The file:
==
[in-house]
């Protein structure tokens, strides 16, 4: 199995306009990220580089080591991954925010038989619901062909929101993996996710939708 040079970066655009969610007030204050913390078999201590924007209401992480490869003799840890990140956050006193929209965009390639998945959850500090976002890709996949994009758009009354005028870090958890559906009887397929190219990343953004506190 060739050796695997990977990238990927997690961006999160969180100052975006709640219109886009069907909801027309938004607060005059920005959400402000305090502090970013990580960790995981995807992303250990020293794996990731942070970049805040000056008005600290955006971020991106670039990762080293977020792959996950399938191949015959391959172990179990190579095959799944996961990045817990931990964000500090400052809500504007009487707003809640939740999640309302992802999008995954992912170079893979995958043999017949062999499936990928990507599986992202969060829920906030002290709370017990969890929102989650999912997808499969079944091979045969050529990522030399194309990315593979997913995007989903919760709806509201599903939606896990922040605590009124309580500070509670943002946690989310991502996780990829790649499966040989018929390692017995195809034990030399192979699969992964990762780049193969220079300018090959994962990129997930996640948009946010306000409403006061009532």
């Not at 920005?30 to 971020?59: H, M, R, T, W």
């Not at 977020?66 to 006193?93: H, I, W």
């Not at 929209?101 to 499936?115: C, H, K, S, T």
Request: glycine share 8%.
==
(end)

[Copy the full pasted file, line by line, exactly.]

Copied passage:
[in-house]
């Protein structure tokens, strides 16, 4: 199995306009990220580089080591991954925010038989619901062909929101993996996710939708 040079970066655009969610007030204050913390078999201590924007209401992480490869003799840890990140956050006193929209965009390639998945959850500090976002890709996949994009758009009354005028870090958890559906009887397929190219990343953004506190 060739050796695997990977990238990927997690961006999160969180100052975006709640219109886009069907909801027309938004607060005059920005959400402000305090502090970013990580960790995981995807992303250990020293794996990731942070970049805040000056008005600290955006971020991106670039990762080293977020792959996950399938191949015959391959172990179990190579095959799944996961990045817990931990964000500090400052809500504007009487707003809640939740999640309302992802999008995954992912170079893979995958043999017949062999499936990928990507599986992202969060829920906030002290709370017990969890929102989650999912997808499969079944091979045969050529990522030399194309990315593979997913995007989903919760709806509201599903939606896990922040605590009124309580500070509670943002946690989310991502996780990829790649499966040989018929390692017995195809034990030399192979699969992964990762780049193969220079300018090959994962990129997930996640948009946010306000409403006061009532």
């Not at 920005?30 to 971020?59: H, M, R, T, W």
């Not at 977020?66 to 006193?93: H, I, W």
């Not at 929209?101 to 499936?115: C, H, K, S, T």
Request: glycine share 8%.